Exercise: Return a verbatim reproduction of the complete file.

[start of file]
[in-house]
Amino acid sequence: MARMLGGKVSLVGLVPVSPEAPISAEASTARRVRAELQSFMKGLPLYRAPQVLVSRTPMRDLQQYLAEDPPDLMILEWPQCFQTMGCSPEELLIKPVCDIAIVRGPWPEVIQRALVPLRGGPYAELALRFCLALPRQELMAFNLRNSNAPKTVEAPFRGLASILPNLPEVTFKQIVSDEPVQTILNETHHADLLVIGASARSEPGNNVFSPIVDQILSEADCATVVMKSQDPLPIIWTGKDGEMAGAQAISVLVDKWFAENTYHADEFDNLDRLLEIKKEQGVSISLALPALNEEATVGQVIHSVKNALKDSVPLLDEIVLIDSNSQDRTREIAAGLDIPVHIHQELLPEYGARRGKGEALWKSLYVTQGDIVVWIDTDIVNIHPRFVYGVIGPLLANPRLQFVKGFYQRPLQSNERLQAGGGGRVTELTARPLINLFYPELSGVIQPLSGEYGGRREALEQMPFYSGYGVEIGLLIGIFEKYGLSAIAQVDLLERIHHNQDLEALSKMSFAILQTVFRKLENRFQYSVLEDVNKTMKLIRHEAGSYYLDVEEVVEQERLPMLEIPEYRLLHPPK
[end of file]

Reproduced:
[in-house]
Amino acid sequence: MARMLGGKVSLVGLVPVSPEAPISAEASTARRVRAELQSFMKGLPLYRAPQVLVSRTPMRDLQQYLAEDPPDLMILEWPQCFQTMGCSPEELLIKPVCDIAIVRGPWPEVIQRALVPLRGGPYAELALRFCLALPRQELMAFNLRNSNAPKTVEAPFRGLASILPNLPEVTFKQIVSDEPVQTILNETHHADLLVIGASARSEPGNNVFSPIVDQILSEADCATVVMKSQDPLPIIWTGKDGEMAGAQAISVLVDKWFAENTYHADEFDNLDRLLEIKKEQGVSISLALPALNEEATVGQVIHSVKNALKDSVPLLDEIVLIDSNSQDRTREIAAGLDIPVHIHQELLPEYGARRGKGEALWKSLYVTQGDIVVWIDTDIVNIHPRFVYGVIGPLLANPRLQFVKGFYQRPLQSNERLQAGGGGRVTELTARPLINLFYPELSGVIQPLSGEYGGRREALEQMPFYSGYGVEIGLLIGIFEKYGLSAIAQVDLLERIHHNQDLEALSKMSFAILQTVFRKLENRFQYSVLEDVNKTMKLIRHEAGSYYLDVEEVVEQERLPMLEIPEYRLLHPPK